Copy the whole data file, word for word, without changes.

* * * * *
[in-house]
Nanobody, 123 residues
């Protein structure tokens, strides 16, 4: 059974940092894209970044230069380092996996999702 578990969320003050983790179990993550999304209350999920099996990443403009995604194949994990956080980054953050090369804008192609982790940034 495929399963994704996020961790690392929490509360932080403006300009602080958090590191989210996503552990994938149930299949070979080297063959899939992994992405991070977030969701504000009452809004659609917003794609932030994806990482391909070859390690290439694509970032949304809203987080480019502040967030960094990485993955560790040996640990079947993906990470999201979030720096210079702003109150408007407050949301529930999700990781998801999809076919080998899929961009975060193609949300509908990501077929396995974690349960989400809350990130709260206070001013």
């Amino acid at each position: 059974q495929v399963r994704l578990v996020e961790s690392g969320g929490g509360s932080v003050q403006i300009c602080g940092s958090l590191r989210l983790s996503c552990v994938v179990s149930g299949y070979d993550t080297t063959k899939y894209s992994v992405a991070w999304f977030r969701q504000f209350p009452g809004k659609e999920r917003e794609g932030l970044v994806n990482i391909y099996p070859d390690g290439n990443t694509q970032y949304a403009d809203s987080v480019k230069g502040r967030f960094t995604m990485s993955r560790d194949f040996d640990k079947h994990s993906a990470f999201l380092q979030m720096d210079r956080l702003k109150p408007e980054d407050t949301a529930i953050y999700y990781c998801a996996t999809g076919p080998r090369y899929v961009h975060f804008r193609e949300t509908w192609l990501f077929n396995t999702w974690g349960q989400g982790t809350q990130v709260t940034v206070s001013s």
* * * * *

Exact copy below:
[in-house]
Nanobody, 123 residues
């Protein structure tokens, strides 16, 4: 059974940092894209970044230069380092996996999702 578990969320003050983790179990993550999304209350999920099996990443403009995604194949994990956080980054953050090369804008192609982790940034 495929399963994704996020961790690392929490509360932080403006300009602080958090590191989210996503552990994938149930299949070979080297063959899939992994992405991070977030969701504000009452809004659609917003794609932030994806990482391909070859390690290439694509970032949304809203987080480019502040967030960094990485993955560790040996640990079947993906990470999201979030720096210079702003109150408007407050949301529930999700990781998801999809076919080998899929961009975060193609949300509908990501077929396995974690349960989400809350990130709260206070001013």
């Amino acid at each position: 059974q495929v399963r994704l578990v996020e961790s690392g969320g929490g509360s932080v003050q403006i300009c602080g940092s958090l590191r989210l983790s996503c552990v994938v179990s149930g299949y070979d993550t080297t063959k899939y894209s992994v992405a991070w999304f977030r969701q504000f209350p009452g809004k659609e999920r917003e794609g932030l970044v994806n990482i391909y099996p070859d390690g290439n990443t694509q970032y949304a403009d809203s987080v480019k230069g502040r967030f960094t995604m990485s993955r560790d194949f040996d640990k079947h994990s993906a990470f999201l380092q979030m720096d210079r956080l702003k109150p408007e980054d407050t949301a529930i953050y999700y990781c998801a996996t999809g076919p080998r090369y899929v961009h975060f804008r193609e949300t509908w192609l990501f077929n396995t999702w974690g349960q989400g982790t809350q990130v709260t940034v206070s001013s």